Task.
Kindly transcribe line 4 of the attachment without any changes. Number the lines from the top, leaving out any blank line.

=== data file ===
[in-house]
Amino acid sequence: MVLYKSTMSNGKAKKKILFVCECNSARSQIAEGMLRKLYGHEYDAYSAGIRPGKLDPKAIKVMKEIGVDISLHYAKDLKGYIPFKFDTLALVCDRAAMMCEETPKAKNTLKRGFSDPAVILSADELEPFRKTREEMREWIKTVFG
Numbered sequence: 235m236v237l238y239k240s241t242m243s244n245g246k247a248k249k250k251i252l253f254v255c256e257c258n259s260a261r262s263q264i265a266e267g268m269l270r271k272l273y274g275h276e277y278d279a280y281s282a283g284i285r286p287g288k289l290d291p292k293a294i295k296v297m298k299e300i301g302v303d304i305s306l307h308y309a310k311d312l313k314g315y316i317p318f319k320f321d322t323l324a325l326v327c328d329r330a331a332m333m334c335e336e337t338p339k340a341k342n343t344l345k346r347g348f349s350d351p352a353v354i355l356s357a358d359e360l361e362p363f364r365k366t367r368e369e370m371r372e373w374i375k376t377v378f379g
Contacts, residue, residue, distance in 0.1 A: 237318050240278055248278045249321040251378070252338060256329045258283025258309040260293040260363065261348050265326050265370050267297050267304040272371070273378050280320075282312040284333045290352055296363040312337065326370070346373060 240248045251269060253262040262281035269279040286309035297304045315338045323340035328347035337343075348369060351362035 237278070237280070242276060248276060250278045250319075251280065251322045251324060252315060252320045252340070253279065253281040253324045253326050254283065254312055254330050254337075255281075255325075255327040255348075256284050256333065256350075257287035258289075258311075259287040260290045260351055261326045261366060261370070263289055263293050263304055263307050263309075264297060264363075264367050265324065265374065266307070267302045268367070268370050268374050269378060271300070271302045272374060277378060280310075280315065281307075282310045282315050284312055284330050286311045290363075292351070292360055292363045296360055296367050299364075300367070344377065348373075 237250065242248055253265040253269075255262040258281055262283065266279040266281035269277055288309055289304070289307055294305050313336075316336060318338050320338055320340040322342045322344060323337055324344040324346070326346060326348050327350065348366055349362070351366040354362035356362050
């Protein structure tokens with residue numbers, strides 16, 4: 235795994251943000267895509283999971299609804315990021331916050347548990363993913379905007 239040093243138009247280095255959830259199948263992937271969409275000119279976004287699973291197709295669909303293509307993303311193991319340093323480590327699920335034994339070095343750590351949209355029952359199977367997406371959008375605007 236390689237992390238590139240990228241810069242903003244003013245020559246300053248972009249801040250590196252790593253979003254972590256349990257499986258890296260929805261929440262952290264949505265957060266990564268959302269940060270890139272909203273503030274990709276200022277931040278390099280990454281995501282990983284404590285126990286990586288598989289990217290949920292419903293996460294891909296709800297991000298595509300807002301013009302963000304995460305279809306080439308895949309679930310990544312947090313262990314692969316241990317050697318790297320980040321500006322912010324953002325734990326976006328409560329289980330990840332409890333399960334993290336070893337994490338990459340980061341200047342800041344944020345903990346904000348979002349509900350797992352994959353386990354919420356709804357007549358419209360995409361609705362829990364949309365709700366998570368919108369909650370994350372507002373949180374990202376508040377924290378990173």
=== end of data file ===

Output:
Contacts, residue, residue, distance in 0.1 A: 237318050240278055248278045249321040251378070252338060256329045258283025258309040260293040260363065261348050265326050265370050267297050267304040272371070273378050280320075282312040284333045290352055296363040312337065326370070346373060 240248045251269060253262040262281035269279040286309035297304045315338045323340035328347035337343075348369060351362035 237278070237280070242276060248276060250278045250319075251280065251322045251324060252315060252320045252340070253279065253281040253324045253326050254283065254312055254330050254337075255281075255325075255327040255348075256284050256333065256350075257287035258289075258311075259287040260290045260351055261326045261366060261370070263289055263293050263304055263307050263309075264297060264363075264367050265324065265374065266307070267302045268367070268370050268374050269378060271300070271302045272374060277378060280310075280315065281307075282310045282315050284312055284330050286311045290363075292351070292360055292363045296360055296367050299364075300367070344377065348373075 237250065242248055253265040253269075255262040258281055262283065266279040266281035269277055288309055289304070289307055294305050313336075316336060318338050320338055320340040322342045322344060323337055324344040324346070326346060326348050327350065348366055349362070351366040354362035356362050